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Author Topic: The real wonder is that humans ever discovered science at all  (Read 1087 times)
Joe Carillo
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« on: March 22, 2015, 09:15:44 PM »

How come that if they were so wise and acutely observant, scientists in ancient and as late as medieval times mistakenly believed (1) that the Sun revolved around Earth and not the other way around, which it does even if counterintuitively, and (2) that the rise and fall of the tides were caused by the Earth’s daily rotation and annual orbit around the Sun, instead of obviously being caused by the Moon’s rotation on its monthly orbit around the Earth? How could those people of great or at least above-average intelligence have entertained such downright wrongheaded ideas about the world?

In his new book To Explain the World (Harper/Harper Collins, 416 pages), Nobel Prize-winning physicist Steven Weinberg compellingly and sometimes irreverently explains that it was because science is actually an uncommonsensical way of regarding things, not a kind of codified common sense arrived at simply by dogged observation. Instead, the true nature and mechanisms of those two celestial phenomena—like those of electricity and magnetism, radio waves, radioactivity, and the quantum properties of matter at the atomic level—were not discovered in quick “Eureka!” fashion but actually forced upon scientists by accumulated physical evidence over the centuries, usually of unaccountable or baffling anomalies, and by the sheer logic of mathematical operations on physical properties.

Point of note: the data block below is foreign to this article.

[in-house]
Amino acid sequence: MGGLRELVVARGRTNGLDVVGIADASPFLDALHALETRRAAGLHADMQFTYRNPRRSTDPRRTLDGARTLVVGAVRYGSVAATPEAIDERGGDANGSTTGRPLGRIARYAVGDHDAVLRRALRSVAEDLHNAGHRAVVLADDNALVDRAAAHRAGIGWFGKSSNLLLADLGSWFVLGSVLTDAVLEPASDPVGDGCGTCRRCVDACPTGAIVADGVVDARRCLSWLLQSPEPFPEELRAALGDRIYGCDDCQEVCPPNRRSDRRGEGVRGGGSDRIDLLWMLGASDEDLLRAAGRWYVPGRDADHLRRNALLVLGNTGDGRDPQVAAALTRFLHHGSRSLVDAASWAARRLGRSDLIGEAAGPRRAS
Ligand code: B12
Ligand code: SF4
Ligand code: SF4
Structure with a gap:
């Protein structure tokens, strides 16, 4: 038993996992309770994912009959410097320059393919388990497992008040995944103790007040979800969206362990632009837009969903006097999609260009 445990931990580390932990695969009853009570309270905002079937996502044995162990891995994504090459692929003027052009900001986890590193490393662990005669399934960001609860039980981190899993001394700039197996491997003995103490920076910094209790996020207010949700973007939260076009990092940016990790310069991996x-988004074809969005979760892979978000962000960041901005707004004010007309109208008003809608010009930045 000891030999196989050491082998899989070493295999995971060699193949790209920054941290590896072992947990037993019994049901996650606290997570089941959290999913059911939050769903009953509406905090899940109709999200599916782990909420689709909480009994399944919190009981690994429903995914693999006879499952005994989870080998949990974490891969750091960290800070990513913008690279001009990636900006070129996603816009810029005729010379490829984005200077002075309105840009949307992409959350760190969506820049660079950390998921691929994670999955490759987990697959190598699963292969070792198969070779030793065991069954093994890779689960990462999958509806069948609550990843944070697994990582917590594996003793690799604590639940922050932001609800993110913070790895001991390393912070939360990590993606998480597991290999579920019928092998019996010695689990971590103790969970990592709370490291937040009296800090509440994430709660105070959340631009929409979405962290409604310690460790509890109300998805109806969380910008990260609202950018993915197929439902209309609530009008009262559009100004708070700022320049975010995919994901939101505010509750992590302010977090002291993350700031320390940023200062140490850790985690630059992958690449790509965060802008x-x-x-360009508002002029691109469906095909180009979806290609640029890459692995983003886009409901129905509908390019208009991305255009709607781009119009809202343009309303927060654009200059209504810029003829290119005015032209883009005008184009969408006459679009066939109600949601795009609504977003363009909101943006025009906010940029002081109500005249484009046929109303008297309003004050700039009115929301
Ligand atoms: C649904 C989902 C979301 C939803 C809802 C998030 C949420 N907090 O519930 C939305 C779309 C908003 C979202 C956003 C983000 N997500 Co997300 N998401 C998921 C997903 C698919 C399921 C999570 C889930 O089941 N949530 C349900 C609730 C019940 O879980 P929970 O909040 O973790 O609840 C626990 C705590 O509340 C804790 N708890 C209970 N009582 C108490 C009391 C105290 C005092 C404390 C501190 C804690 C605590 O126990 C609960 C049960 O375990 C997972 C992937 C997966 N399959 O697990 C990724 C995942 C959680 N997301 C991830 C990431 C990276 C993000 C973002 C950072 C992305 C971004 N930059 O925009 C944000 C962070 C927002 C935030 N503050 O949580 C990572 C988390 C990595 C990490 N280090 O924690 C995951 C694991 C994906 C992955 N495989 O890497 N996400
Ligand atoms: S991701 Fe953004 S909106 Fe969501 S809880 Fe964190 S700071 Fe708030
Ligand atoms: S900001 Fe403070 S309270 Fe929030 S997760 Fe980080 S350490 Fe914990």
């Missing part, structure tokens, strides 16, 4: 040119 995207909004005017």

Weinberg argues that the real wonder is not that humans lacked science for so long but that they ever discovered science at all. He relates that in ancient and medieval times, astute thinkers used only philosophical reasoning to attempt to explain the heavens and the Earth, with hardly any methodical system for verifying their conclusions. He says that it wasn’t until the 17th century, with the path-breaking experimental work of Galileo and Kepler that culminated in Newton’s formulation of the laws of motion and gravitation, that science in the modern sense came to existence. Indeed, by his own admission, Weinberg comes “close to dangerous ground” with his assessment that from the perspective of the present, Aristotle was “careless or stupid” on one point, Plato “sometimes silly,” and Descartes “overrated.”

Read Tim Radford’s review of Steven Weinberg’s To Explain the World in now!

Read Tom Siegfried's book review, "Steven Weinberg looks back at rise of scientific method," in now!  THIS PARTICULAR REVIEW IS NO LONGER AVAILABLE TO NON-SUBSCRIBERS OF SCIENCENEWS.ORG

Steven Weinberg is an American theoretical physicist and Nobel laureate in Physics for his contributions with Abdus Salam and Sheldon Glashow to the unification of the weak force and electromagnetic interaction between elementary particles. He holds the Josey Regental Chair in Science at the University of Texas at Austin, where he is a member of the Physics and Astronomy Departments. His research on elementary particles and cosmology has been honored with numerous prizes and awards, including in 1979 the Nobel Prize in Physics and in 1991 the National Medal of Science. In 2004 he received the Benjamin Franklin Medal of the American Philosophical Society, with a citation that said he is “considered by many to be the preeminent theoretical physicist alive in the world today.” He has been elected to the US National Academy of Sciences and Britain’s Royal Society, as well as to the American Philosophical Society and the American Academy of Arts and Sciences.
« Last Edit: April 21, 2017, 02:20:34 PM by Joe Carillo » Logged

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